Factors influencing the deposition of immune complexes in the glomerular basement membrane include the size of the complex, the affinity of antibody binding, defective phagocytosis or complement binding, the biochemical properties of antigen or antibody, and the hemodynamic flow (Delves et al. 1998). The high pressure of plasma at the capillary walls in the glomerulus may facilitate deposition (Delves et al. 1998). MGN is usually caused by small complexes resulting from antigen excess and low antibody affinity (Delves et al. 1998). Although inflammatory cytokines may be produced in the complement cascade, the absence of inflammation is probably due to the nature of the basement membrane, which prevents the extravasation of the leukocytes into the tissue (Janeway et al. 1999).


    It is unknown what causes idiopathic membranous glomerulonephritis and no therapy has proven effective at curing it (Bennet and Plum 1996). Evidence of CD40-CD40L/ gp39 signaling in MGN suggests that scientists might find treatment in the inhibition of the IgG co-stimulatory pathway early in the formation of immune complexes, since it is thought that IgG cross-linking with antigen allows the complexes to persist in the sub-epithelial region of the glomerulus (Biancone et al. 1995). Researchers have found that MGN does not occur in nude mice, suggesting that T-cells are necessary for its activation (Biancone et al. 1995). It appears that the prognosis is more favorable for those who have the secondary form of the disease, due to such means as infection or drug exposure (Davenport et al. 1994). Treatment for membranous glomerulonephritis presently includes corticosteroids and other immunosuppressive drugs, such as cyclosporin, which binds to calcineurin in signal transduction and blocks the activation of NF-AT and transcription (Janeway et al. 1999), as well as anticoagulants and antiplatelets to minimize glomerular damage from coagulation (Bennett and Plum 1996).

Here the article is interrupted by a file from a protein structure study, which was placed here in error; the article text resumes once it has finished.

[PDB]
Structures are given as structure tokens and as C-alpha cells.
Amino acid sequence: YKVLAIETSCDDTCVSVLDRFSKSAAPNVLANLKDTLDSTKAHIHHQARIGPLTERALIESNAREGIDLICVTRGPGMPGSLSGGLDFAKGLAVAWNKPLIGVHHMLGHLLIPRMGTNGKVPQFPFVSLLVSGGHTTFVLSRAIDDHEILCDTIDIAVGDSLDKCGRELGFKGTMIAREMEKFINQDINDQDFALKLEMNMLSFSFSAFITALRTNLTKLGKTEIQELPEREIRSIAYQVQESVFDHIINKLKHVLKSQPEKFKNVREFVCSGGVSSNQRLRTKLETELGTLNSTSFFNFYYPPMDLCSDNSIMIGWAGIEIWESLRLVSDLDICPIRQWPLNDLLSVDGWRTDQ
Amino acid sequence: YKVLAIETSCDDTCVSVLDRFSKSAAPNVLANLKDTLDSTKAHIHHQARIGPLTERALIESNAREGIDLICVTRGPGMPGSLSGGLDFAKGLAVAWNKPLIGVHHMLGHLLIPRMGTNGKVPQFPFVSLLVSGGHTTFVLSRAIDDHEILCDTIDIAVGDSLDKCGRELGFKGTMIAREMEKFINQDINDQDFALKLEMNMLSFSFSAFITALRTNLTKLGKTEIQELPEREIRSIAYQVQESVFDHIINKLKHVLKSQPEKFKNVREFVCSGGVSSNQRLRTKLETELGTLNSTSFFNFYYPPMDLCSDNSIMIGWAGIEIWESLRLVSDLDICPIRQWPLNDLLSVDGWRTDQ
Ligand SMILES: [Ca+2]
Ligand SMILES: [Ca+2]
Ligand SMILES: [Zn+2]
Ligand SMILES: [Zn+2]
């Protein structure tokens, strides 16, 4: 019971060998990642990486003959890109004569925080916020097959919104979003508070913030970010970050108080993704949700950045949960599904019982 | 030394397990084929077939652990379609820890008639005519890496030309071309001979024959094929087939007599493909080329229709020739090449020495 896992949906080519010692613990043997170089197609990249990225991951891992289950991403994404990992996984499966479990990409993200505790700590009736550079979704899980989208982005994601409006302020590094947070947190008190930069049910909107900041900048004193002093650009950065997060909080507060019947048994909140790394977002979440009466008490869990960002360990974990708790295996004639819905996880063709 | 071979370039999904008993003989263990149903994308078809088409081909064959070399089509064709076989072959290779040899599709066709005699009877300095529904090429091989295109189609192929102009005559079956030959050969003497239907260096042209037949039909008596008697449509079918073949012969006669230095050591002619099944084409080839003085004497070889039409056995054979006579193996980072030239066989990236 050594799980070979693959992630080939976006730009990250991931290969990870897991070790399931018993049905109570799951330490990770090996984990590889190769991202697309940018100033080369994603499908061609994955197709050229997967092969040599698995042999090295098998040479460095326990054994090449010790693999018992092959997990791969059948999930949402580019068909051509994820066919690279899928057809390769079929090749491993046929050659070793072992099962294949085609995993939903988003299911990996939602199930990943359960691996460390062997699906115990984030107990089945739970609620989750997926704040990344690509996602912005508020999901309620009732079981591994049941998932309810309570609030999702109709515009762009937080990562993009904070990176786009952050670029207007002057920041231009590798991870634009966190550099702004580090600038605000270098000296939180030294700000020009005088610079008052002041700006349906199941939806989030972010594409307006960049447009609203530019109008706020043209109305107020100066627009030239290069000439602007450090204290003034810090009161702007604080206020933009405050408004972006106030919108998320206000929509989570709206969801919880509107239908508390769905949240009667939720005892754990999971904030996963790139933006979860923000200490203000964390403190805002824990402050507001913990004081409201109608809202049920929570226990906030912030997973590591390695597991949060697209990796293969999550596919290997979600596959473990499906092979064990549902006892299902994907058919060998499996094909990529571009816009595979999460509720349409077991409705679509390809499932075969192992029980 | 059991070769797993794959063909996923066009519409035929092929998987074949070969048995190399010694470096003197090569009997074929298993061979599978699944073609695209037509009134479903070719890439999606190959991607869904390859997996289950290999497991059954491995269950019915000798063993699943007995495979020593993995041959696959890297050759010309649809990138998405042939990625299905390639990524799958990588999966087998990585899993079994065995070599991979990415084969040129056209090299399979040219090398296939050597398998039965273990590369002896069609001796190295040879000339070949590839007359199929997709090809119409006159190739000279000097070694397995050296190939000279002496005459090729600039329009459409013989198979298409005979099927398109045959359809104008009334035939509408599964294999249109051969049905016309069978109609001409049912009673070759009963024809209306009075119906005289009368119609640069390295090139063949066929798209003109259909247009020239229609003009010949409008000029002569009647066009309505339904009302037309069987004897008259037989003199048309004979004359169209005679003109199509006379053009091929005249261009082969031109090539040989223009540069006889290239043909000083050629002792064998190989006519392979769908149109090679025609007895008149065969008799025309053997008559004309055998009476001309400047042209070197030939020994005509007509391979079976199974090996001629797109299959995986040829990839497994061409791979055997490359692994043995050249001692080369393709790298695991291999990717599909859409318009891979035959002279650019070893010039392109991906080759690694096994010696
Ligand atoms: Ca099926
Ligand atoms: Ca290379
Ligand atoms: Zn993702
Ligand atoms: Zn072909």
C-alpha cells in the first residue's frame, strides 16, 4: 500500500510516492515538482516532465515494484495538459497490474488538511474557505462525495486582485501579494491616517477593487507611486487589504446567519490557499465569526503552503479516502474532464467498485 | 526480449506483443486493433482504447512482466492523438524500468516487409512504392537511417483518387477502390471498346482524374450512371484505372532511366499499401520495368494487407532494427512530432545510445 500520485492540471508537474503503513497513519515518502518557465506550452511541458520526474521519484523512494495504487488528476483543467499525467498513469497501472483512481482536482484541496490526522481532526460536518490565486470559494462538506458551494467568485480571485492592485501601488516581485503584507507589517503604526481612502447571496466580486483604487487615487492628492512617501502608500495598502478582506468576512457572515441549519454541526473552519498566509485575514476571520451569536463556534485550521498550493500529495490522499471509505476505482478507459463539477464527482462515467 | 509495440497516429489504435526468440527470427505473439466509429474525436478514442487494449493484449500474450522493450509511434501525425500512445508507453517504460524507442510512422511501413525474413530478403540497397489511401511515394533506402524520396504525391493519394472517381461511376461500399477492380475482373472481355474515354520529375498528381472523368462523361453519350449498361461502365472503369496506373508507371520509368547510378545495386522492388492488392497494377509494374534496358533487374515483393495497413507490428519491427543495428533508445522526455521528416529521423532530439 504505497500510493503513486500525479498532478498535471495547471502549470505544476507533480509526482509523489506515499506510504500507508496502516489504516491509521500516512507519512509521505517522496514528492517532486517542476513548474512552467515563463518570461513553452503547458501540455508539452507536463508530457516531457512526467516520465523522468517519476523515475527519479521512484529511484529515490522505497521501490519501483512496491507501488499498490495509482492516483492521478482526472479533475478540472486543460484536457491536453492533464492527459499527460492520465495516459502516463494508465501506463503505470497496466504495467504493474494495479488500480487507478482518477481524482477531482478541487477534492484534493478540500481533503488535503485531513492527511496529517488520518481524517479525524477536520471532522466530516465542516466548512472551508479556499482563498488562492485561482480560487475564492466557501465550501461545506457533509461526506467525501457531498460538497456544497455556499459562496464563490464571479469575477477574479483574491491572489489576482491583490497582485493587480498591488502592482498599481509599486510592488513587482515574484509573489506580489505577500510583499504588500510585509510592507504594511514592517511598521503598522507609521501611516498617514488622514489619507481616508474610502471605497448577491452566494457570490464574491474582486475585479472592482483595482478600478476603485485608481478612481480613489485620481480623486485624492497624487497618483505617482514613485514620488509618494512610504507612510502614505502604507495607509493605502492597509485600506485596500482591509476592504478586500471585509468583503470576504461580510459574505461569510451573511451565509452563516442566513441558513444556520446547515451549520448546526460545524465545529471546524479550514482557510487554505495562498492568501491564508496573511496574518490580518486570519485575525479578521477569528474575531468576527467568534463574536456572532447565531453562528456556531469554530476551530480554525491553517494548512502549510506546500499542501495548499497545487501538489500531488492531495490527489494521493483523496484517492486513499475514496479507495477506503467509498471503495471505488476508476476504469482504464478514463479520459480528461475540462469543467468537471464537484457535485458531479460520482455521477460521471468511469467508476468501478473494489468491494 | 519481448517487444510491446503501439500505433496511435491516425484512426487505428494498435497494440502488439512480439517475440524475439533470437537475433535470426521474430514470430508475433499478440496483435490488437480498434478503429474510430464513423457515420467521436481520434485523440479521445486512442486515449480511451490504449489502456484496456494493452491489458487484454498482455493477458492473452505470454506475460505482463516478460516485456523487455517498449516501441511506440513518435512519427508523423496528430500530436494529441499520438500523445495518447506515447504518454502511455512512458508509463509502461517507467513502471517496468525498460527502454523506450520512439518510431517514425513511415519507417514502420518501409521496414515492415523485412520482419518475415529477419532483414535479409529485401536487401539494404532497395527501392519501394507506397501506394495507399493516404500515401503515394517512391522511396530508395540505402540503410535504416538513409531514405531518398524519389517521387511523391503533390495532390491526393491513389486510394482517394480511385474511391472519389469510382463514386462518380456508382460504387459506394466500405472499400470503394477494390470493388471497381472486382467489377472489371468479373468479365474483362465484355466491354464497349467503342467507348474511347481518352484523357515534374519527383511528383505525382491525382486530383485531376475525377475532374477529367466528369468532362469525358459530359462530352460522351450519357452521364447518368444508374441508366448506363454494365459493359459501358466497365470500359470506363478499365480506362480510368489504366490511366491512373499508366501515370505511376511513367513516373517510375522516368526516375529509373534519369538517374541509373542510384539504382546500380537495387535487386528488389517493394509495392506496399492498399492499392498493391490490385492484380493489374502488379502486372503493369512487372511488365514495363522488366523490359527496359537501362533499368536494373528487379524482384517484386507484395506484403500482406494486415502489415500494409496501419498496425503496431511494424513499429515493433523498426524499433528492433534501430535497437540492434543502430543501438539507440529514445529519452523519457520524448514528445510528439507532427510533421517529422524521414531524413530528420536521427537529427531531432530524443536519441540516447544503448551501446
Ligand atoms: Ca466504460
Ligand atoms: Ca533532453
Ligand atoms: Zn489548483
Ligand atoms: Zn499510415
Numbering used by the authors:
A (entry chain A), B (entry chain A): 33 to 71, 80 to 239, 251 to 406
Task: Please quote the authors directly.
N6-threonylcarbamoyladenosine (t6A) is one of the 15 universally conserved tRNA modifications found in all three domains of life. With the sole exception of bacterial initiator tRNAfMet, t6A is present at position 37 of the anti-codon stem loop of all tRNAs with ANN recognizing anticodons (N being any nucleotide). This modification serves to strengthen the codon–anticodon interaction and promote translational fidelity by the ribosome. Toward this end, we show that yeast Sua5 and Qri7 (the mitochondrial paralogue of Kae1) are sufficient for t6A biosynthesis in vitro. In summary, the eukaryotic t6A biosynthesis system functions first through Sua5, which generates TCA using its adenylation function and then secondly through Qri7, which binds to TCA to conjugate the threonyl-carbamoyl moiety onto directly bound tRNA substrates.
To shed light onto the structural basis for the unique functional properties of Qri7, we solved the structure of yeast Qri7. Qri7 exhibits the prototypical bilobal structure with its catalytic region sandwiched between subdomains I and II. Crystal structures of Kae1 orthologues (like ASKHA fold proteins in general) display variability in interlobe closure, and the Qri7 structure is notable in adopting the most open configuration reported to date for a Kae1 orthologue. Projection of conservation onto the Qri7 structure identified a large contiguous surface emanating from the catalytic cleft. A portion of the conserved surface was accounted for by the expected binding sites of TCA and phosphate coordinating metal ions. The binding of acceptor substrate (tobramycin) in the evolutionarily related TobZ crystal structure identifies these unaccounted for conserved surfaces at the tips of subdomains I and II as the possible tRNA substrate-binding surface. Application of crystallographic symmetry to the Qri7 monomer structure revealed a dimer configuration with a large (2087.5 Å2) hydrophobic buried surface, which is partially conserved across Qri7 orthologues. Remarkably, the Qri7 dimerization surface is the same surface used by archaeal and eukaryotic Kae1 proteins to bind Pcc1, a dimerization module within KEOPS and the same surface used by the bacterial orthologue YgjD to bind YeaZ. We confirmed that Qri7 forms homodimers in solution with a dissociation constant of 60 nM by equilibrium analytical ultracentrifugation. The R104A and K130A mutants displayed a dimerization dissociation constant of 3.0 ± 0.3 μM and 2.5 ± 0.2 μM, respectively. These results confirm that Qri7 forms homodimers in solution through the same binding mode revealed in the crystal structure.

Bennet, M.D., Plum M.D. 1996. Cecil Textbook of Medicine, vol. 1. Philadelphia: W.B. Saunders Co.
        p 575.